by Neil Bauman, Ph.D.
You’ve all heard the old saying, “If you can’t lick them, join them.” Bet you never thought that this could be true in dealing with your tinnitus sounds.
Carol came up with a cool way to deal with her tinnitus—one that lets her sleep in spite of her incessant tinnitus. Here’s how she did it. She explained:
When my tinnitus began I didn’t have a clue that it was tinnitus. What’s that racket? It was 2 or 3 AM and I thought the guy next door was outside warming up his motorcycle. After a few nights, I started getting up, getting dressed and going outside to ask him to just get on it and go wherever he was going at that hour. However, when I got to his parking area, there wasn’t any motorcycle there. I walked around the whole neighborhood and couldn’t find that &@#$% motorcycle. I did that for several nights.
Then I decided it was the neighbor’s heater malfunctioning. Strangely enough, when I stayed at some friends’ house, their neighbor had the same heating system with the same malfunction. How weird was that? Later, when I moved to England, I noticed that the apartment building there also had the same malfunctioning heating system!
I still didn’t have a clue that these sounds were inside my head, not “out there”. That took a couple more years. Eventually, I realized what was going on.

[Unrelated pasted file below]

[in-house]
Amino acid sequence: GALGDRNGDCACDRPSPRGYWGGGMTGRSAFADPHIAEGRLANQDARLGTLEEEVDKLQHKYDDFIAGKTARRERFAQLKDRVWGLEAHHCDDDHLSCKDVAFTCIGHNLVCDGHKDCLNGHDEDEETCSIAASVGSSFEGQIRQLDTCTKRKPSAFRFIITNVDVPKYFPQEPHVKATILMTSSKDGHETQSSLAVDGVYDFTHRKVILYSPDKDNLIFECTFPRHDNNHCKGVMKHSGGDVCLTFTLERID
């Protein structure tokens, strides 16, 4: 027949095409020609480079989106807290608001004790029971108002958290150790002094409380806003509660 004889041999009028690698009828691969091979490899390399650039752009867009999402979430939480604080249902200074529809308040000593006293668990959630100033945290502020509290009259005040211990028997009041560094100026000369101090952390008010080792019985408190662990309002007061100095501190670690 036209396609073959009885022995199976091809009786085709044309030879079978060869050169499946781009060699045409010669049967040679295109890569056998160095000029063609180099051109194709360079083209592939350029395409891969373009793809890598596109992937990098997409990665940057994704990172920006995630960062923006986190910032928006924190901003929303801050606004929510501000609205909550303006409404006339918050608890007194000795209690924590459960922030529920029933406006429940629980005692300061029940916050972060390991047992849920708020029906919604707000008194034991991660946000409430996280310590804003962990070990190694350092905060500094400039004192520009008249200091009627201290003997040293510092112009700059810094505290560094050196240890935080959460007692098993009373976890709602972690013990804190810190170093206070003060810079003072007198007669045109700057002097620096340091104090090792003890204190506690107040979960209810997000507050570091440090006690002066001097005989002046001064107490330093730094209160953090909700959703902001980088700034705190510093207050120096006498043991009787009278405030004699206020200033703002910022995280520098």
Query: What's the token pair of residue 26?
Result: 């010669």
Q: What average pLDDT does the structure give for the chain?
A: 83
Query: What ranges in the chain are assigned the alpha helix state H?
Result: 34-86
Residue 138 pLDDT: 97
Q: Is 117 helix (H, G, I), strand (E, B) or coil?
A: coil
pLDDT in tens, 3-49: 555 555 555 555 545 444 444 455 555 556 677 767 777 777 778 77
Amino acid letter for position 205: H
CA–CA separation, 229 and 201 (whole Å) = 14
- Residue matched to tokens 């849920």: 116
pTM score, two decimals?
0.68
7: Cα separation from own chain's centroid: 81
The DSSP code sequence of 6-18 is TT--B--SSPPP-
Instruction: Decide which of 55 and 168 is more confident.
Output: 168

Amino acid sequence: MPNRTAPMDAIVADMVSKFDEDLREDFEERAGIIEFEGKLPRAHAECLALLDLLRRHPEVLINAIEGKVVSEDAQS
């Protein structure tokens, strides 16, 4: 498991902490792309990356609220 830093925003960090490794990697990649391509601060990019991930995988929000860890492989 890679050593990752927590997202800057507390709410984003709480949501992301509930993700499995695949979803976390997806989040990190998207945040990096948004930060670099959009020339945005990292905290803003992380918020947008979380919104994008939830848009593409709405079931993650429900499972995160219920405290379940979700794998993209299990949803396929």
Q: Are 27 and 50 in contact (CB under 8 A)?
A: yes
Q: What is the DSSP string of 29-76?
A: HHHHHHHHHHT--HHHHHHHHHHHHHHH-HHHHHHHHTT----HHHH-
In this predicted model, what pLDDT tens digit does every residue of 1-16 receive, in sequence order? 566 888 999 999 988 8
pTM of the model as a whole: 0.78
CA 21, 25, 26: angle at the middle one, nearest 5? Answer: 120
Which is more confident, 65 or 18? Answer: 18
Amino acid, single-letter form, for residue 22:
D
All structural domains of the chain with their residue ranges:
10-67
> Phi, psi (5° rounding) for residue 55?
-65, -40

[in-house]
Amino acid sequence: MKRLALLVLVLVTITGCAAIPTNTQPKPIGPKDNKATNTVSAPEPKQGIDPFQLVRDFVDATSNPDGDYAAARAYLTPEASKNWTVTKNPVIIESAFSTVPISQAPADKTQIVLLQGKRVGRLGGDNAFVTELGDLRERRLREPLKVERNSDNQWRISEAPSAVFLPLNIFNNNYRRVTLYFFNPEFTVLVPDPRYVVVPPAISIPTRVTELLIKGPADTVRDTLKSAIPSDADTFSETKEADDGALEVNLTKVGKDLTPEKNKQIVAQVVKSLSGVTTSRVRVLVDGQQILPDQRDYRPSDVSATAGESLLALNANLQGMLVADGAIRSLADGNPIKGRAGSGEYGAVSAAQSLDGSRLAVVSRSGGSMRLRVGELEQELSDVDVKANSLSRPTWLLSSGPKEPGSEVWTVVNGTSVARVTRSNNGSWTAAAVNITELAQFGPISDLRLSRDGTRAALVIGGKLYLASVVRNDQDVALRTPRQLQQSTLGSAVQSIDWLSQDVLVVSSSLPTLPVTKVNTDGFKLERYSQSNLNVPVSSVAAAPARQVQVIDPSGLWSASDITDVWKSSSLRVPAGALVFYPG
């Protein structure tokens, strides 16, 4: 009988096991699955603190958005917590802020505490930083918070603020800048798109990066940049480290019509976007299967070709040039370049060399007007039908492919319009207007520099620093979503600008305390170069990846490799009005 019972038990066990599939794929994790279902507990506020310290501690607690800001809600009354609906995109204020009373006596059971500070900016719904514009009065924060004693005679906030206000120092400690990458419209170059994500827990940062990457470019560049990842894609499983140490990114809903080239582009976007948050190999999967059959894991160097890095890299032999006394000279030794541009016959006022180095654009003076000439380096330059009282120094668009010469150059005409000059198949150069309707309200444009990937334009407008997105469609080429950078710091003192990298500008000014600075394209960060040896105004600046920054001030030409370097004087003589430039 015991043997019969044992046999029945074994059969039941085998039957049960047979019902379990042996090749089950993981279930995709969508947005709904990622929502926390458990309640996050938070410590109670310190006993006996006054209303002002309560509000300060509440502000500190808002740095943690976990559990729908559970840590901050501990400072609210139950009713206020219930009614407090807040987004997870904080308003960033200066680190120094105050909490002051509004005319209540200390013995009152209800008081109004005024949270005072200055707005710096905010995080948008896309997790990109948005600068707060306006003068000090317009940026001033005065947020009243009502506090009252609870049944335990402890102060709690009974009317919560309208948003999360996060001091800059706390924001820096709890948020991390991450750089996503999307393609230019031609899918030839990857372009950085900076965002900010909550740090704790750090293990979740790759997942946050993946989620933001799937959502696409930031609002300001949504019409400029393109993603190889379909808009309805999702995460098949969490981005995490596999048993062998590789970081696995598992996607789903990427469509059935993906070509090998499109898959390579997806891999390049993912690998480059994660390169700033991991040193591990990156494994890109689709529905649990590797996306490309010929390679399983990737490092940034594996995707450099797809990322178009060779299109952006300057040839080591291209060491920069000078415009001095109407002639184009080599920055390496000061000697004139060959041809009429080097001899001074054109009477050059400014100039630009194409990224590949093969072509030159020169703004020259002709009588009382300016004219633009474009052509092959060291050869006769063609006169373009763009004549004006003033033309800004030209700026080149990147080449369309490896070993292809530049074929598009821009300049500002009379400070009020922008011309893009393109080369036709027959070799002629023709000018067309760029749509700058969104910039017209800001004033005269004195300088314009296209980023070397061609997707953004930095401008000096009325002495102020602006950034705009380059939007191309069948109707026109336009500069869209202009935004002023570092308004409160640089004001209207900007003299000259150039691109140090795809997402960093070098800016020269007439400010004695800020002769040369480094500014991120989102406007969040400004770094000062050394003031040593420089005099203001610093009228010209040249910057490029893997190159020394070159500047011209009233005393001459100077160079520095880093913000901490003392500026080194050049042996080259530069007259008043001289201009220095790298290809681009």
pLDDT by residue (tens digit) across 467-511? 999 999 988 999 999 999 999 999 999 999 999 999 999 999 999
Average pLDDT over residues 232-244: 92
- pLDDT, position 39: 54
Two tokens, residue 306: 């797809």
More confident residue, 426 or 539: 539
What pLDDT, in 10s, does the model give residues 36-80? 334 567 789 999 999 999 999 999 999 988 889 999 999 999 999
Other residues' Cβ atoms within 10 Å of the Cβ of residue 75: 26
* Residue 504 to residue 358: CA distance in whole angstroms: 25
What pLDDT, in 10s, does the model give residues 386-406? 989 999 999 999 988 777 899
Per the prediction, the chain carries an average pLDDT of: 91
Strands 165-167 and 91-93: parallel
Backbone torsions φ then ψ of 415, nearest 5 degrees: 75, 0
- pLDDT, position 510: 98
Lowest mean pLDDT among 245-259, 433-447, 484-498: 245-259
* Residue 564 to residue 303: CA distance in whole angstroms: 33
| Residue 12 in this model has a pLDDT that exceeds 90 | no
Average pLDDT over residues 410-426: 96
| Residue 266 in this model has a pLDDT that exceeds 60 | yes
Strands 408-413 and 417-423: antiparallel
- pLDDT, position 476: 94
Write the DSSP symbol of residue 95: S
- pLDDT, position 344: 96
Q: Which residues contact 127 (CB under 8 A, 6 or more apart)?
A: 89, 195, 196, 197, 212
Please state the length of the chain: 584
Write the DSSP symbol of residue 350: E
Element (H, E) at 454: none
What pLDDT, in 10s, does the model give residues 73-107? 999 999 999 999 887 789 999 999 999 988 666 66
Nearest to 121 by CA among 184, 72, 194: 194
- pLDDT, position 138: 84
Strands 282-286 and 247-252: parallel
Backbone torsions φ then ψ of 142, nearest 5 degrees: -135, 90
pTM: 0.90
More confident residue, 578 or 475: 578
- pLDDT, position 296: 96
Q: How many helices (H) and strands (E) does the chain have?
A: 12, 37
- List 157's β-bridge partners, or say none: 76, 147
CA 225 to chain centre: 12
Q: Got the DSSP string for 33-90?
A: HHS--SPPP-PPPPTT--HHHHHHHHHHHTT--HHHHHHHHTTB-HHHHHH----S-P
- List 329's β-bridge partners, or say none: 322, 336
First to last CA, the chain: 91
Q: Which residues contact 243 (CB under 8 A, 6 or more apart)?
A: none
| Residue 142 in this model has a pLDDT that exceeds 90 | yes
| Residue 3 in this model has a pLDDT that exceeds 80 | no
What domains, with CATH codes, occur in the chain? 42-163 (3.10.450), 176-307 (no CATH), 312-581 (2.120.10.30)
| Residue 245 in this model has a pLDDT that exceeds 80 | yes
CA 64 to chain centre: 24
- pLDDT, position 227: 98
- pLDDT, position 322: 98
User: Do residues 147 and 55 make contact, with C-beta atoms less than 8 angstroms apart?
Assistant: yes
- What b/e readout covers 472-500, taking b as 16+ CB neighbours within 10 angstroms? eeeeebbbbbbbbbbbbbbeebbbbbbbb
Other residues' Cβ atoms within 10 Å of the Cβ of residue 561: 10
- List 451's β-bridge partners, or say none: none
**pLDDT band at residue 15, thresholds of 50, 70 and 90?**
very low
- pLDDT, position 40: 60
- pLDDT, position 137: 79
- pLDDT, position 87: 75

How did I deal with it? I eventually learned to reframe the tinnitus sounds in my mind—to change them from something annoying to something pleasant. For example, I reminded myself that I like motorcycles—that I used to ride one.
Now, when the “motorcycle” tinnitus starts bothering me when I’m trying to sleep, I just tell myself that it’s my frends coming up the street to pick me up to go riding. Then I imagine myself climbing onto the back of a trusted friend’s bike and visualize riding down wonderful country roads. (OK, so I live in a major urban area, not the Midwest country roads of my youth, but it IS my fantasy! I get to go where I want to go!) The dips and rises of the road, the wonderful curves, all the while leaning into my friend’s warm back—visualize a good, safe driver—and while leaning into that warm back with the trust of a good friend…I fall asleep for awhile.
Nowadays I get different noises, and hear the “motorcycle” sounds less often. “Crickets” take me camping. Sometimes I even call up the “motorcycle” memories to drown out the high- pitched whine. My strategy is the same—take myself some place safe and pleasant that incorporates the current tinnitus sound and gives it a reason to be in my mind. I don’t know that I get rid of the tinnitus sounds—but it reduces my tension and I get some sleep.
After reading Carol’s story, another lady quipped, “The next time I hear my tinnitus train rumbling through my head, I will visualize that I am on my dream train trip across the USA.”
So there’s another tinnitus coping tool that you can take from your tinnitus toolbox and use as the need arises. Try it. You just might find yourself falling aslee…….zzzzzzzzzzzz!
To learn more about tinnitus and a number of tools that you can use from the tinnitus toolbox to help you successfully cope with your tinnitus, see my book, When Your Ears Ring—Cope with Your Tinnitus—Here’s How.